Midterm - BIEB 164 MIDTERM 1 SUMMER 1999 There are 8...

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BIEB 164 MIDTERM 1, SUMMER 1999 There are 8 questions, most with several parts. BUDGET YOUR TIME; if you cannot do a question, move on to the next one. 1. (15 points) You are studying the evolution and functional significance of the blue spot on the dewlap of a population of Anolis lizards. Based on data that you have collected, you believe that the size of the color patch is genetically based, because parents and offspring resemble each other. To be sure of this, however, you need to do an experiment in which you cross-foster offspring (i.e. swap half the individuals from nest A into nest B, and vice versa), and then measure patch size of offspring from true nests and foster nests. A. Why do you need to do this experiment? What are the potential alternatives of your cross-fostering experiment? (5 points) Color patch size may be determined by gene x environment interactions, rather than being determined entirely genetically. The cross-fostering experiment allows you to control for coufounding effects of environment in determining patch size. Alternatives: If patch size is genetically based, offspring raised in foster nests will resemble their biological parents and not their foster parents. If patch size is environmentally based, offspring raised in foster nests will resemble their foster parents, and not their biological parents. B. You think the color patch is important in mate choice in this species, because females choose males with large patches. However, this simple association doesn't demonstrate that color patch per se is the actual focus of female choice, and you need to do an experiment in which you manipulate the color patch. Why? (10 points) Color patch size may not be the actual focus of female choice, but instead be correlated with another character that is the real focus of choice. An experiment enables you to eliminate this possibility (e.g. females may be choosing on the basis of body size, which is correlated with color patch size, and your manipulation demonstrates that females are ignoring color patch size altogether).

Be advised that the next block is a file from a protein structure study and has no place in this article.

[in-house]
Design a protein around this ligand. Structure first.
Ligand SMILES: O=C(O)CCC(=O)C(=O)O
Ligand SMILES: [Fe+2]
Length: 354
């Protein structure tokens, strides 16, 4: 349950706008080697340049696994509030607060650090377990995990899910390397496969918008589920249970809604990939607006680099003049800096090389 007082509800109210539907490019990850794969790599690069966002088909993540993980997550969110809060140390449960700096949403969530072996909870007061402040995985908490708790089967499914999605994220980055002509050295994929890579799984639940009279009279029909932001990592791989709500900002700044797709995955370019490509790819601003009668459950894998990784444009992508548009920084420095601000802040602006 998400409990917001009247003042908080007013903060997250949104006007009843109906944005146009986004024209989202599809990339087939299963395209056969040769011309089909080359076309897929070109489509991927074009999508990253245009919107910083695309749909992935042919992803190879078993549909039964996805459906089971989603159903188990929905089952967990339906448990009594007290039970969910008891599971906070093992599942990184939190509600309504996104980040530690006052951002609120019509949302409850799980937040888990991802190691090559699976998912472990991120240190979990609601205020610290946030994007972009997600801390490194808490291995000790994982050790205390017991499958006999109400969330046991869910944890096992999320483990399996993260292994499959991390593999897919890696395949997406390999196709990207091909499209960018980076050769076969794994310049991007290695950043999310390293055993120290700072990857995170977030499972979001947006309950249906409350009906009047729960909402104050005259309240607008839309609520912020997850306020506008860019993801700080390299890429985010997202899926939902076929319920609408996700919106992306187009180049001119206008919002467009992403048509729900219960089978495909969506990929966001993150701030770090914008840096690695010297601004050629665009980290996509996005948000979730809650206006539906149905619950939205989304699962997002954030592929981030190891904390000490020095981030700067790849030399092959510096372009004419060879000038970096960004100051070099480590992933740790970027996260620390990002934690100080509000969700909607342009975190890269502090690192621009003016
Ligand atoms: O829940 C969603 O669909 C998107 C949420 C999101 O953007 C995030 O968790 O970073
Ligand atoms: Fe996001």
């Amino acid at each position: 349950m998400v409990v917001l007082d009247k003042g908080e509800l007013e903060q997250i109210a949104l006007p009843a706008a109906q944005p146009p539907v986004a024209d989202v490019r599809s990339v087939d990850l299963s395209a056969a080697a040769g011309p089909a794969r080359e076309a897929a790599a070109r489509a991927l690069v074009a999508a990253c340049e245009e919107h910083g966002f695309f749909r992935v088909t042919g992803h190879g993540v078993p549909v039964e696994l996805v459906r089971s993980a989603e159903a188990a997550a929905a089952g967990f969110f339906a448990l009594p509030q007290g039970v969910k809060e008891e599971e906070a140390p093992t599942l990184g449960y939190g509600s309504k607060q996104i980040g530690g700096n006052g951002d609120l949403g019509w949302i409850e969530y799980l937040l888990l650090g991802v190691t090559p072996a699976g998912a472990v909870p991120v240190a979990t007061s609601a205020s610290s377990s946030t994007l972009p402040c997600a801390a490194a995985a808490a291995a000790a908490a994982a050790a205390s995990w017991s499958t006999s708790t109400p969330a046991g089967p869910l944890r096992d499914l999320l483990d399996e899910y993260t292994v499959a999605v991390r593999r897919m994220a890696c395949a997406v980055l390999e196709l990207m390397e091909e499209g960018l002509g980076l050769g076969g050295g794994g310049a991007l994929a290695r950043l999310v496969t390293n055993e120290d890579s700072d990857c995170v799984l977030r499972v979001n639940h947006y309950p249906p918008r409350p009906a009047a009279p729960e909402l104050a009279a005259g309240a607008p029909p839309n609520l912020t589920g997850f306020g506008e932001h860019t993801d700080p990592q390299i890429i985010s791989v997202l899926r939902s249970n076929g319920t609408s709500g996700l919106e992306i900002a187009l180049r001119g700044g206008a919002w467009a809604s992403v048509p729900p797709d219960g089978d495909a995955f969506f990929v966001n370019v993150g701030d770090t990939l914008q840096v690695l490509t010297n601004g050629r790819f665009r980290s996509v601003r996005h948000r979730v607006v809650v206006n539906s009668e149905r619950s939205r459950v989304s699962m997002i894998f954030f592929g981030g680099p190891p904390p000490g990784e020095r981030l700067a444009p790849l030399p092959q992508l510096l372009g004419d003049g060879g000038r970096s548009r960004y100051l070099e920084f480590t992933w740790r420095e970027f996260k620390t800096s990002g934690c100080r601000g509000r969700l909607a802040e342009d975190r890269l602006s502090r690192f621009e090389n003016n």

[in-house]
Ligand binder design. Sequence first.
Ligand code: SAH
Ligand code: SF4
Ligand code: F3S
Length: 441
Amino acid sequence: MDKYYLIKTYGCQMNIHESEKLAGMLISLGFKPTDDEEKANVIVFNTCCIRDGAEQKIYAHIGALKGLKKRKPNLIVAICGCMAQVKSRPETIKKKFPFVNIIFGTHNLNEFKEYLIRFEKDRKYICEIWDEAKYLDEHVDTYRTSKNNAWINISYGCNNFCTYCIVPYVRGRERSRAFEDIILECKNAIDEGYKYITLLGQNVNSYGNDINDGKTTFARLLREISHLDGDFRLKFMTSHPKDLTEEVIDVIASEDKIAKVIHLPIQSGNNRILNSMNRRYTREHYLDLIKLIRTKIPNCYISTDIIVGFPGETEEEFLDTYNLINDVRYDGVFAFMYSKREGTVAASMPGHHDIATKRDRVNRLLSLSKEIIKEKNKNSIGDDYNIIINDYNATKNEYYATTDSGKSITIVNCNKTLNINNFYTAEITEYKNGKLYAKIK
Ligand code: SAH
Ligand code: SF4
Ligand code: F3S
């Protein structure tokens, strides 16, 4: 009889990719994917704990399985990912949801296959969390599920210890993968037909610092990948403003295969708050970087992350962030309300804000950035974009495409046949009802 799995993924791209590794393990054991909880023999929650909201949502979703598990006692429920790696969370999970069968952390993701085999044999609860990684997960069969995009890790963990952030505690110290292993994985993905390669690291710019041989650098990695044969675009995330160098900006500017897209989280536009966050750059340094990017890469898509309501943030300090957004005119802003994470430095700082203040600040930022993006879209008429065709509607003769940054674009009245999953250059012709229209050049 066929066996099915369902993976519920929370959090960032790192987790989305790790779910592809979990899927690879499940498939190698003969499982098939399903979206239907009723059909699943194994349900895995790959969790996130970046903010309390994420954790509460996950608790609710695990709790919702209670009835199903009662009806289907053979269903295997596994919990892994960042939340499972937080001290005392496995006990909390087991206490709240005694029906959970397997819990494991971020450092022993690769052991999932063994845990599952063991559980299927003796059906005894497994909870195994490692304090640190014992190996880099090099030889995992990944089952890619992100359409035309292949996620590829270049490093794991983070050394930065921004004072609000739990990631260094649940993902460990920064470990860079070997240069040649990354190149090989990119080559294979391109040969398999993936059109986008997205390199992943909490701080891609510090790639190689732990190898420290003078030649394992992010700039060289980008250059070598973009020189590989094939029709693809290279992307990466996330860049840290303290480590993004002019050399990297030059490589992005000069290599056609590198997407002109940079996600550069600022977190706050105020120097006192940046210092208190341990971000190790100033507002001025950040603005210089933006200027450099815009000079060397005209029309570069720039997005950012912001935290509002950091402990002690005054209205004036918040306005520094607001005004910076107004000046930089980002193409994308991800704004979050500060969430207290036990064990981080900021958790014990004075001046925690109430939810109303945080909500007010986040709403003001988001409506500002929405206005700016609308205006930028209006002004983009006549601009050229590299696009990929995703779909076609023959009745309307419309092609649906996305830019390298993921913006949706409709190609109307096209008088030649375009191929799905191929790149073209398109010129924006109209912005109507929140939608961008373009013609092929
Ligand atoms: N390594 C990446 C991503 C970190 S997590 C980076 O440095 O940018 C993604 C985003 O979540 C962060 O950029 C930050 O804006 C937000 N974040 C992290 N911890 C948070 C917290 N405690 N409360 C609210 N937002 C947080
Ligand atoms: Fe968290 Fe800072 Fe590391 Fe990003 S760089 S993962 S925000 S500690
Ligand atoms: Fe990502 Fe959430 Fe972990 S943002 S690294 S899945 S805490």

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2. (15 points) In haplo-diploid insects, females (chromosome complement 2N) come from fertilized eggs and males (1N) come from unfertilized eggs. Haplo-diploidy may predispose these systems to the evolution of eusociality (i.e. coloniality and cooperation between relatives). A. Why? Briefly explain. (5 points)
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Midterm - BIEB 164 MIDTERM 1 SUMMER 1999 There are 8...

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